“Charles Town Saved” was the headline after residents of Jefferson County, W.Va., voted 7,880 to 4,463 to allow slot machines at Charles Town racetrack. Had the referendum failed, the 63-year-old facility almost certainly would have vanished from the landscape.
Through its joint venture with Bryant Development Company, Penn National was set to exercise its option to buy Charles Town for approximately $16.5 million, according to a press release issued by the Wyomissing, Pa., firm. After the transaction, to take place in early December, “Penn National will own 80 percent of the facility and will manage its operations and a $16 million refurbishment.”
- Front-running 9-year-old Frugal Doc recorded his first Maryland Million victory in his sixth try, taking the Classic in near track record time. The New Jersey-bred son of Baederwood upset favored Oliver’s Twist (by Horatius) by a head to reward his backers $72.20 for the win.
- By most measures the Fasig-Tipton Midlantic’s Eastern fall sale was the most successful yearling auction ever held in the region. A total of 369 yearlings sold for a gross of $5,151,700, the overall average was $13,961, and median was $7,500. In the select portion of the sale, 142 head sold for $3,598,600, an average of $25,342 and median of $18,000. For the first time in Timonium auction history, 17 horses – all in the select section – sold for $50,000 or more.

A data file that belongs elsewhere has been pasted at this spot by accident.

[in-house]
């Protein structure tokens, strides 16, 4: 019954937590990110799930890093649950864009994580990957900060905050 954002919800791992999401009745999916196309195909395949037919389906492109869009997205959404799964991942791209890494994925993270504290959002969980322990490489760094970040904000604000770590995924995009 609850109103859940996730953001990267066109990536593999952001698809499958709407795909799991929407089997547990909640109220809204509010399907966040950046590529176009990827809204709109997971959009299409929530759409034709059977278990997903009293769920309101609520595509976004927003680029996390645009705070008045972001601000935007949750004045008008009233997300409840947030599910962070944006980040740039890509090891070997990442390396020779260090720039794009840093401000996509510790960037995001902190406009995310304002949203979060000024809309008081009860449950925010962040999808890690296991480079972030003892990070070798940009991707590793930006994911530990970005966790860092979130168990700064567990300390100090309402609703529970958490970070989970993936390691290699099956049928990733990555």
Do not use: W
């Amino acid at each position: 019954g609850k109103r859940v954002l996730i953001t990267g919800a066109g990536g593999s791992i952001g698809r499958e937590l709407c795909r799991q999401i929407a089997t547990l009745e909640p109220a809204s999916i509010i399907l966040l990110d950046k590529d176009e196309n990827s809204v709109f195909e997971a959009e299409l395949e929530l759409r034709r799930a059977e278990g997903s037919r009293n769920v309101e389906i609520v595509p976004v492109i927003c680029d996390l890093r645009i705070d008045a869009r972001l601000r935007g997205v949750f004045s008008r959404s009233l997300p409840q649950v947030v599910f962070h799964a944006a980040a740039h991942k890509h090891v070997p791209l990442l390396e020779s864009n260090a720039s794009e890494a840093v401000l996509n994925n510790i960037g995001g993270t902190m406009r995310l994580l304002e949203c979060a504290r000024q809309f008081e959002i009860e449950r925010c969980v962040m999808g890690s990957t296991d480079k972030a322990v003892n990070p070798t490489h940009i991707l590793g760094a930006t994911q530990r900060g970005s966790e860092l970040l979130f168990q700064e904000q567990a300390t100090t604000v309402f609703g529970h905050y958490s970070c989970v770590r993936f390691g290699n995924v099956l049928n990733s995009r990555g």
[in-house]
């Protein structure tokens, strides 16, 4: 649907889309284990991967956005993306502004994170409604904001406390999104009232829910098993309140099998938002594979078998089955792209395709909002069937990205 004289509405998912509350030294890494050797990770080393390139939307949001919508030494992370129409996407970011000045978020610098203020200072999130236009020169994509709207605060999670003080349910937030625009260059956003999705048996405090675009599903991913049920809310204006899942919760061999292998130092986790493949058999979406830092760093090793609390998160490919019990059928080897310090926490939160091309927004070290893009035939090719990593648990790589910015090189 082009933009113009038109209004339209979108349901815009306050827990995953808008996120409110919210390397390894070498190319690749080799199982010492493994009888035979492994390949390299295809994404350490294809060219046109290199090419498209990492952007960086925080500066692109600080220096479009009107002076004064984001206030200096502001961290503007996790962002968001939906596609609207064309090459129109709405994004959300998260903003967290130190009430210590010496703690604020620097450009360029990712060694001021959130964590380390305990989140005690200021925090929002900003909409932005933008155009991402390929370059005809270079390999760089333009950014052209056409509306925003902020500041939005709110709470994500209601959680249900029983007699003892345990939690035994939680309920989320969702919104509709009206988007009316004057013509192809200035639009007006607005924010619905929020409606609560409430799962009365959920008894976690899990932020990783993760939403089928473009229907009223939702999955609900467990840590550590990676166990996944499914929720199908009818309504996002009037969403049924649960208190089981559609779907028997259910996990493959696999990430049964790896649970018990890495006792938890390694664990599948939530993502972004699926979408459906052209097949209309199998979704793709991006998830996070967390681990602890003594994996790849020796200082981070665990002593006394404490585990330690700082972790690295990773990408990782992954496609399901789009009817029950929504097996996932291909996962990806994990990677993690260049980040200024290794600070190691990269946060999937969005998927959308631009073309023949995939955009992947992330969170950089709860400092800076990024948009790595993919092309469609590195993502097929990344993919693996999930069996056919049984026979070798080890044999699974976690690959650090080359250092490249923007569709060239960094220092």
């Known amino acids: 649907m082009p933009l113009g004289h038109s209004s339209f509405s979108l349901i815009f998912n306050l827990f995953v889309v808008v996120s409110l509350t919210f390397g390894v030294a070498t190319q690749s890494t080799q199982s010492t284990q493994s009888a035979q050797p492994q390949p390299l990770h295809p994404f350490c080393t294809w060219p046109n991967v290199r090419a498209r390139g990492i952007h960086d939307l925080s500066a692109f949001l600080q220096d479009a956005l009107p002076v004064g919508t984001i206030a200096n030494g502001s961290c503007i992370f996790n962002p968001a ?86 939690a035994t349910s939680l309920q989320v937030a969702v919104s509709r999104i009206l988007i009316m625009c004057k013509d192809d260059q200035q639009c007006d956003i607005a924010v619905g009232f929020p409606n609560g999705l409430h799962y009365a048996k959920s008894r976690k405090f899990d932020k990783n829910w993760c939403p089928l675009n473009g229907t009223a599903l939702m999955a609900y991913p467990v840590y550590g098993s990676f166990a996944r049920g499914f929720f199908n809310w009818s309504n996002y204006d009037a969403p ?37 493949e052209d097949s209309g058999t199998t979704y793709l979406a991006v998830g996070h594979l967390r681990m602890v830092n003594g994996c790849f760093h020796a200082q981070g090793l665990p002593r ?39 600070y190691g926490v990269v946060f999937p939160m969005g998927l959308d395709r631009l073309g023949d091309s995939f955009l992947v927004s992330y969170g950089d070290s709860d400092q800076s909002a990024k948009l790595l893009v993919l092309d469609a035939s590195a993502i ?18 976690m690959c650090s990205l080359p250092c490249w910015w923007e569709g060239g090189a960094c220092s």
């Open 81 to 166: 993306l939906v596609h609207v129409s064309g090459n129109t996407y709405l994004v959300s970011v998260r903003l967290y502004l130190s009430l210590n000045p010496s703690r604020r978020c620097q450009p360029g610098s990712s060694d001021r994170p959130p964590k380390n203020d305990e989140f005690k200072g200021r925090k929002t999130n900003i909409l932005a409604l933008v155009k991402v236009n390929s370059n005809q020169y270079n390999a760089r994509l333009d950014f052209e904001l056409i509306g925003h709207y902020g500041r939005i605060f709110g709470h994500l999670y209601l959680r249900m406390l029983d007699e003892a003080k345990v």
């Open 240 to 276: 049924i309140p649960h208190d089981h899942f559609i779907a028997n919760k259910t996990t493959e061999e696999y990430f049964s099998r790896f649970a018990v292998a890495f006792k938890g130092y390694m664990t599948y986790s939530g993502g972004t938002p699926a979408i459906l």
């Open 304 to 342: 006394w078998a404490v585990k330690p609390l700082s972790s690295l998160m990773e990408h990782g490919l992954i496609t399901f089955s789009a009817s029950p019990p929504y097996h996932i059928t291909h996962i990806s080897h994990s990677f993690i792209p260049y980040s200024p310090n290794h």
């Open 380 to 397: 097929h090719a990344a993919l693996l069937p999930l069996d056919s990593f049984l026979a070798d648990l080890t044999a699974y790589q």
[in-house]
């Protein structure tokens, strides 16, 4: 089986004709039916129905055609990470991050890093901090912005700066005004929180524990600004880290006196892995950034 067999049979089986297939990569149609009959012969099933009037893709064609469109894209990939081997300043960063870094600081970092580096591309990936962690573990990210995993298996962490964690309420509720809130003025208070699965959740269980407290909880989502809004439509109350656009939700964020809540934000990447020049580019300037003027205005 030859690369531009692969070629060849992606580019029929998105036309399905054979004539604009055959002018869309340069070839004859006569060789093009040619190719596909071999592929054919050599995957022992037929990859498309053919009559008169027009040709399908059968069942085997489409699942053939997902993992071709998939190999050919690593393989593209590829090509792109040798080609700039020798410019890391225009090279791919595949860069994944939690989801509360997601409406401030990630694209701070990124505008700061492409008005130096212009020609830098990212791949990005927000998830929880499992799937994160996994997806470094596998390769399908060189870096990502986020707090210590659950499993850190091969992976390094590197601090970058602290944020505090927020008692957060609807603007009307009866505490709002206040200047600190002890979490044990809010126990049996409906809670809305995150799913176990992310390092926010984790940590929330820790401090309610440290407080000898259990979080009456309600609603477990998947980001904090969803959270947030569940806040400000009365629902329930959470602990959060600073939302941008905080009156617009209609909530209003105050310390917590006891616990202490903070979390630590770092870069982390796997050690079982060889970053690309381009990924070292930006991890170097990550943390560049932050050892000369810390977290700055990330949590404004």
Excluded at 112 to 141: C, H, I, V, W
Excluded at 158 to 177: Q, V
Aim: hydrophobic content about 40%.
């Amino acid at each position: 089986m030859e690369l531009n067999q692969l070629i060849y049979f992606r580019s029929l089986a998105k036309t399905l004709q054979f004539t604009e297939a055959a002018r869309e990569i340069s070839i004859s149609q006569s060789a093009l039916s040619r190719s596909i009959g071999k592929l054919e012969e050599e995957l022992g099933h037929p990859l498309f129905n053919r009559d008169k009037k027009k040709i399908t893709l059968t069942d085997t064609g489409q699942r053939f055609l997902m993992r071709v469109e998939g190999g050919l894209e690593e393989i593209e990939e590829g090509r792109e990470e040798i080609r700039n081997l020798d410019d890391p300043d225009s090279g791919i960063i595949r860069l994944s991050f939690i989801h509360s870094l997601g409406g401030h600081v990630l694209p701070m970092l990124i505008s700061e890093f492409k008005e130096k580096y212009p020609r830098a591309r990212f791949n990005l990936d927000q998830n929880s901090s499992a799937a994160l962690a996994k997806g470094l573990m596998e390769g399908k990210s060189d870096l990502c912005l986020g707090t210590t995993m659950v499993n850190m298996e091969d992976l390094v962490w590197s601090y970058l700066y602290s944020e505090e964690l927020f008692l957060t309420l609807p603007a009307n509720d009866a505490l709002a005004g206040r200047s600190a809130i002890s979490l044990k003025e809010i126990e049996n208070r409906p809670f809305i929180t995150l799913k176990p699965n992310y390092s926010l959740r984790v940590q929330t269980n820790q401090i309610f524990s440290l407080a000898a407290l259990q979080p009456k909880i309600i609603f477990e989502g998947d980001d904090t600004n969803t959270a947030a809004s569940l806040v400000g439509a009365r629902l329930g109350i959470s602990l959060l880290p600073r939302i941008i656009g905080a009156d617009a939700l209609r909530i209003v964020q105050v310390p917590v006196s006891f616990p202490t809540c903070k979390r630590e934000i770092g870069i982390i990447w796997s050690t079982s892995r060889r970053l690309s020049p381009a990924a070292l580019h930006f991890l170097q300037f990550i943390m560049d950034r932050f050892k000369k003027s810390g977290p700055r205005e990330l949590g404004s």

- Key to the Mint, one of the all-time great Virginia-breds, was euthanized due to infirmities of old age at Gainesway Farm in Kentucky. He was 27.
Bred and raced by Paul Mellon’s famed Rokeby Stable, Key to the Mint (Graustark—Key Bridge by *Princequillo)was the nation’s champion 3-year-old in 1972, following a sweep of the Brooklyn Handicap, Whitney, Travers, Woodward, Withers and Derby Trial Stakes. His wins at 4 included the Suburban Handicap-G1 and he retired with a record of 14 wins from 29 starts while earning $576,015. At stud he sired 44 stakes winners and ranked among the leading broodmare sires in the country.